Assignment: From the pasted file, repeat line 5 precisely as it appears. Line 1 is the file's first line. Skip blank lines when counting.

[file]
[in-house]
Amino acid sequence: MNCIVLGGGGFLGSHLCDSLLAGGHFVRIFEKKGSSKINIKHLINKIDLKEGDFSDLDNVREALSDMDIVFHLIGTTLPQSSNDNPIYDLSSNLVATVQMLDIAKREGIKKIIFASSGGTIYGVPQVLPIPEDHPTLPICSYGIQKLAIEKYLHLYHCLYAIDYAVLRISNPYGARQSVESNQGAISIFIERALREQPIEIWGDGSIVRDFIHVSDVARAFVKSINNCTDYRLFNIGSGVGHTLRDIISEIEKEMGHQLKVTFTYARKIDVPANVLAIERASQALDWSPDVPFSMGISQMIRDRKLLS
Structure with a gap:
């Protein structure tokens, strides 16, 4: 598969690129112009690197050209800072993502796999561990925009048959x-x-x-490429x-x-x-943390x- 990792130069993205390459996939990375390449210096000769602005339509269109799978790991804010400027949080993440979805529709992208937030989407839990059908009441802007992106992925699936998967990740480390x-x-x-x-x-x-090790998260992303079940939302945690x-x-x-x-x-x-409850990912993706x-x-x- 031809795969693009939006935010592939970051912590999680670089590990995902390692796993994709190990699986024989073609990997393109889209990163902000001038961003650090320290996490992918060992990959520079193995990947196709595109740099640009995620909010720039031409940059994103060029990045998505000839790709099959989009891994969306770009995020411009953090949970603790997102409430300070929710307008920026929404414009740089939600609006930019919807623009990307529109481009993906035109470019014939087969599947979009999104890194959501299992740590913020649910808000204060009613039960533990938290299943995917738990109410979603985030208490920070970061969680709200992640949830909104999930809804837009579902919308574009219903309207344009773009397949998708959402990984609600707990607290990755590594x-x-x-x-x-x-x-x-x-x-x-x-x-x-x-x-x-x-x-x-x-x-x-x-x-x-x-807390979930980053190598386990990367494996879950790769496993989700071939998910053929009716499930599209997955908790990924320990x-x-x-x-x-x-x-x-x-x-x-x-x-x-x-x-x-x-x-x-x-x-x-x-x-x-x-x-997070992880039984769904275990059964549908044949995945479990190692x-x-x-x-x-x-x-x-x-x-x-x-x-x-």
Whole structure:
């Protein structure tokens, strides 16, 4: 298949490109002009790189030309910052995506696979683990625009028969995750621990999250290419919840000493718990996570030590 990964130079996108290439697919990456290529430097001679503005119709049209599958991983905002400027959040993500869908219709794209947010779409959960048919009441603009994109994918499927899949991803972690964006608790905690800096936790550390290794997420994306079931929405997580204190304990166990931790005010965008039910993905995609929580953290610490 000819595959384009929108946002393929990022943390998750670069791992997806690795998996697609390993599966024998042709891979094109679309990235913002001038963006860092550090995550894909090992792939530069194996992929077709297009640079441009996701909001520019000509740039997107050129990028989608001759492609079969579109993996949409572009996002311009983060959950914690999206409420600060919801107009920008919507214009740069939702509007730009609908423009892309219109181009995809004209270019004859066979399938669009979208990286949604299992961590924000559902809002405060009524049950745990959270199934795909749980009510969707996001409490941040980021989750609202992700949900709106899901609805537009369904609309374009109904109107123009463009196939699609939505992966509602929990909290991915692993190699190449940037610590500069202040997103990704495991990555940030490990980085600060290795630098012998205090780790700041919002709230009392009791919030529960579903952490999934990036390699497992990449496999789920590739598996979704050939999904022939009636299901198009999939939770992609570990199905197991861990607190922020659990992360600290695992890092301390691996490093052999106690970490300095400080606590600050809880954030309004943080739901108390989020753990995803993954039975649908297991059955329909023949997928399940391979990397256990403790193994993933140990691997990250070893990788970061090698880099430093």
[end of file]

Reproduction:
Whole structure: